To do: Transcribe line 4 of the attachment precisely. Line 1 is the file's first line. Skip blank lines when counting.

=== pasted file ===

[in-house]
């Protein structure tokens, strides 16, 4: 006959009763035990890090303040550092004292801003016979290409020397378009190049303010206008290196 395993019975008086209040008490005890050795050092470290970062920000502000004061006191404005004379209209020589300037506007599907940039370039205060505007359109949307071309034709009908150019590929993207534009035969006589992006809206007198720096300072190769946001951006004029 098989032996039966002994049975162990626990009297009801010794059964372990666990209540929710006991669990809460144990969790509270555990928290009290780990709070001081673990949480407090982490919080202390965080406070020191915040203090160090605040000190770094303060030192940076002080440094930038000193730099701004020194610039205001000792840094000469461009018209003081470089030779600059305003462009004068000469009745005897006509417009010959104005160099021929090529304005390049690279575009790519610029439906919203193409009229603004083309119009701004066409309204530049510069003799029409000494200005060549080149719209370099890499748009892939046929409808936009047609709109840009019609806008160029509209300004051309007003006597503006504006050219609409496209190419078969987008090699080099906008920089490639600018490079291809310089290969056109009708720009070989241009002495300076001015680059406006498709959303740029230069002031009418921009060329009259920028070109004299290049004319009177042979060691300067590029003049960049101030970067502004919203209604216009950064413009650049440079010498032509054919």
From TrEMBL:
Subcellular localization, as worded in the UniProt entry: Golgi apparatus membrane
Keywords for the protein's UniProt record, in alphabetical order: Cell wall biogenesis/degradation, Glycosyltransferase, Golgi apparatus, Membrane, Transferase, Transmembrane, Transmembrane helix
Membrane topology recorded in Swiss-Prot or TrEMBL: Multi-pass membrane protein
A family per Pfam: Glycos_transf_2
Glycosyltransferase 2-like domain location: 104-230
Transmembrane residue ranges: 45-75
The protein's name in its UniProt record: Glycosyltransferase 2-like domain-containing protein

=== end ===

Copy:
Subcellular localization, as worded in the UniProt entry: Golgi apparatus membrane